“They have great experience helping large companies become household names which is exactly our intention,” Ms Perkins said.
When Ms Perkins and co-founders Cliff Obrecht and Cameron Adams first started Canva in 2012 they spent years knocking on doors pitching to investors their vision for an online design and publishing platform.
However, Canva’s success with 15 million monthly active users worldwide has flipped that script.
“Both General Catalyst and Bond have flown over [to Sydney] at different points to get to know the team,” Ms Perkins said.
Existing investors Felicis Ventures and Australia’s Blackbird Capital also contributed, bringing the total amount raised by Canva to $US140 million.
General Catalyst managing director Kyle Doherty said investing in Canva “is a no brainer”.
“In only five years it has not only demonstrated the need for a simpler way to design, but it is also one of the rarer cases of a tech startup that is already profitable while growing incredibly quickly,” Mr Doherty said.
Ms Meeker said the investment in Canva represents Bond’s debut investment and said she was excited about the startup’s potential.
“The Canva team is building its product around three trends – content, community and commerce – similar to what we’ve been observing in some of the world’s fastest growing companies,” she said.
The modern workforce
Ms Perkins said: “We have been fortunate we have not needed to take on capital, we have been profitable for a while now.
“Bond and General Catalyst have been pursuing Canva for a while, we decided to take on the funding to grow into workplaces. Our goal is to become the default tool in workplaces across the world.”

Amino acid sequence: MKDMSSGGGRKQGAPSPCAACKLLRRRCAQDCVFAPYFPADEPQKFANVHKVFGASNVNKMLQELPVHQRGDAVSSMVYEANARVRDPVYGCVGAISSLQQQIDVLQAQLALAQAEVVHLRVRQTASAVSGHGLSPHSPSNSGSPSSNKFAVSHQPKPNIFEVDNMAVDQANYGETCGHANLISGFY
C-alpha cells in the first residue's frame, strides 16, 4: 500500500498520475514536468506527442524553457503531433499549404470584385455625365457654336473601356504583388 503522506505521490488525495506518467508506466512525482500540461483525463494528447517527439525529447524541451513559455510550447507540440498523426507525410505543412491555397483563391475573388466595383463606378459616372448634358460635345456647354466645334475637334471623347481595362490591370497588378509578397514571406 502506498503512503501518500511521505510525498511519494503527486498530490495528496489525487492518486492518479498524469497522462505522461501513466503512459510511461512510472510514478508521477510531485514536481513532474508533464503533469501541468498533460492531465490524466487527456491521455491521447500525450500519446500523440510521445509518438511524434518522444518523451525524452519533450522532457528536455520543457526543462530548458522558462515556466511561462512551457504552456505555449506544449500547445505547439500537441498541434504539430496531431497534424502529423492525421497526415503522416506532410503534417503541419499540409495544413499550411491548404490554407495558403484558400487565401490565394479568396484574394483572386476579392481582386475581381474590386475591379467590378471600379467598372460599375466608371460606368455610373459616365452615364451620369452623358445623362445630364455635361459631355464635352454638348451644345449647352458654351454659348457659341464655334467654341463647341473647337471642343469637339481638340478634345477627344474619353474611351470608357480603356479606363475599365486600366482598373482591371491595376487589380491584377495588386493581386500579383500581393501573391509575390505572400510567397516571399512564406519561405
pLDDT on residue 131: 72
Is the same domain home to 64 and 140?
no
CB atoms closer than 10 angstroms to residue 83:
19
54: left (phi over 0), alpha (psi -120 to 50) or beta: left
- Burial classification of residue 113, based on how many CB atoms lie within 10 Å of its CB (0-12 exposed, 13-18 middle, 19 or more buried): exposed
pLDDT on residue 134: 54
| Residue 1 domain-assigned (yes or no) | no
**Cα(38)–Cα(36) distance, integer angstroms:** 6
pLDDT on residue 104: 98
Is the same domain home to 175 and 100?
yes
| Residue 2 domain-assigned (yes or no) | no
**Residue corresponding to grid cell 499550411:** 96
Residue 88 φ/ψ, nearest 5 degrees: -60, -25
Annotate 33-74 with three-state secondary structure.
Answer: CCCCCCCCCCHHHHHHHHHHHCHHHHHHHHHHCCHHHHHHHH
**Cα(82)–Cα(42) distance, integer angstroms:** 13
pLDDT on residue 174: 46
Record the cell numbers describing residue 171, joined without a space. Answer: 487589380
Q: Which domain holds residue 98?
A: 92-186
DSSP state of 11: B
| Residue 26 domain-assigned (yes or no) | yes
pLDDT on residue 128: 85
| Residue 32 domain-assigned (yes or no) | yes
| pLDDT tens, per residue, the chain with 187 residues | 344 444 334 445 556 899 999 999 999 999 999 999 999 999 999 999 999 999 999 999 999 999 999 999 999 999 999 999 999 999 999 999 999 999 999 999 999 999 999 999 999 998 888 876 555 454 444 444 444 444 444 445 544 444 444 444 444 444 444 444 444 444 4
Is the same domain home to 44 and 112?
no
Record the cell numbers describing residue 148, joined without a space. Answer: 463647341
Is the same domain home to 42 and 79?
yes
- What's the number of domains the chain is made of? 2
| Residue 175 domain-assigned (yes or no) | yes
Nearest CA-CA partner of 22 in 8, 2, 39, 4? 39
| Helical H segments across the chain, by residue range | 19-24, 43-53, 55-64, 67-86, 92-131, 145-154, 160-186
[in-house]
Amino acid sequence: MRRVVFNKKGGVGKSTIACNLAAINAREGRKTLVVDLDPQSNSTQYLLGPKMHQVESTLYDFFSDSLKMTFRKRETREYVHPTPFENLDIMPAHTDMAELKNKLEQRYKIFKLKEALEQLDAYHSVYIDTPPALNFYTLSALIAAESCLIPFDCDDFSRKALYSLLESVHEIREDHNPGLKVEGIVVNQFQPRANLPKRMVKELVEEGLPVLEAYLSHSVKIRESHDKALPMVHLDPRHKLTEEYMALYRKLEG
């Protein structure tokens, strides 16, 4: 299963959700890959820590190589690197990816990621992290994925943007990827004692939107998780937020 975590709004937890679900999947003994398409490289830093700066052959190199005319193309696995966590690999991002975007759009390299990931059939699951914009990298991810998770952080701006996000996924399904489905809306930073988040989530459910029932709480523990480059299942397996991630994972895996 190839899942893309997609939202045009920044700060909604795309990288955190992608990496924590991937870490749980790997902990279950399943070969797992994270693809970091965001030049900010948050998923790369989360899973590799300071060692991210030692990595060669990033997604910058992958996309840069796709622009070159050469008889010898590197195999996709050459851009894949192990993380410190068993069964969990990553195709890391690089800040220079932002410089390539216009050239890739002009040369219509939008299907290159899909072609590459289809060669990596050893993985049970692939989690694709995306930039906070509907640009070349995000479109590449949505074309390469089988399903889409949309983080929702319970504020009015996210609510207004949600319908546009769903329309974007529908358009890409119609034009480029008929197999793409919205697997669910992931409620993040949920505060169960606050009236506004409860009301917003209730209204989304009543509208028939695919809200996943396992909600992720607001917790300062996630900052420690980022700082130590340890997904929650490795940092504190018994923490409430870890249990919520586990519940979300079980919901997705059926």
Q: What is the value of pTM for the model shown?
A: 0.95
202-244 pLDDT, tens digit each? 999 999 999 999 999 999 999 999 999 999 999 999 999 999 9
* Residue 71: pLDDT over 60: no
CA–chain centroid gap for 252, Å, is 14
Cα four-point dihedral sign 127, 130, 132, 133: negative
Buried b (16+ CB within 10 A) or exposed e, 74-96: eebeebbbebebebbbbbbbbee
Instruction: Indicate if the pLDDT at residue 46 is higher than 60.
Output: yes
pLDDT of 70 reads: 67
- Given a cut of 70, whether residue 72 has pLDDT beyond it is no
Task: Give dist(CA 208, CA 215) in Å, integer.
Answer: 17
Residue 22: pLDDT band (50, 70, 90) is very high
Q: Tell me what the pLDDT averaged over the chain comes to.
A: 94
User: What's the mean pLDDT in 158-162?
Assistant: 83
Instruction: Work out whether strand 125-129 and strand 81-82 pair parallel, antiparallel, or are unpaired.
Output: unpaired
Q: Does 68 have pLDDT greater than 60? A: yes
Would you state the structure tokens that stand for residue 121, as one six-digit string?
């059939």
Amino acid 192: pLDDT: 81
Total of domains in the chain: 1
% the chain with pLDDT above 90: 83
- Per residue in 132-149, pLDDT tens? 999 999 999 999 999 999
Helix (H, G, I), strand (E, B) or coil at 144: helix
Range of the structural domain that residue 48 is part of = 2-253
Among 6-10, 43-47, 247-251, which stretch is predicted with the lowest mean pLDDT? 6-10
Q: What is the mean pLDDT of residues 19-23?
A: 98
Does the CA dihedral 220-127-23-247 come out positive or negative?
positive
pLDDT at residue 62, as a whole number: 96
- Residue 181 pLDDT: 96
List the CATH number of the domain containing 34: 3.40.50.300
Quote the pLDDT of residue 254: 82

Ms Perkins said Canva would use the funds to expand a number of products including its presentation product which has been used 20 million times and offers an alternative to what Perkins describes as “death by Power Point”.
Canva will also boost its enterprise product which will allow businesses to use templates to create consistent brand identities.
“We want Canva to really power the modern workforce which is why we are doubling down on presentations and an enterprise product,” she said.
Canva co-founders Cliff Obrecht (left), Melanie Perkins and Cameron Adams (right) at their Surry Hills offices in 2015. Credit:Nic Walker
Canva recorded its maiden profit in 2017 of $1,858,144 and Ms Perkins said the profitability had continued but media reports of turnover of $130 million were “just speculation”.
The design platform has more than 500,000 paying subscribers on its Canva Pro which at $12.95 a month gives turnover of $77 million a year from that product alone.
They have great experience helping large companies become household names which is exactly our intention.
This funding round boosts Canva beyond ‘unicorn’ status, the moniker attributed to companies valued at over US $1 billion, and comes just a few days after Canva acquired photo sites Pexels and Pixabay.
“We have very big goals and ambitions,” Ms Perkins said. “[The investors] expectation is Canva can become 10 or 100 times bigger than it is today. We are continuously looking at the next mountain we can climb. We really want Canva to become a household name. We always say we are only part of the way there.”
Cara is the small business editor for The Age and The Sydney Morning Herald based in Melbourne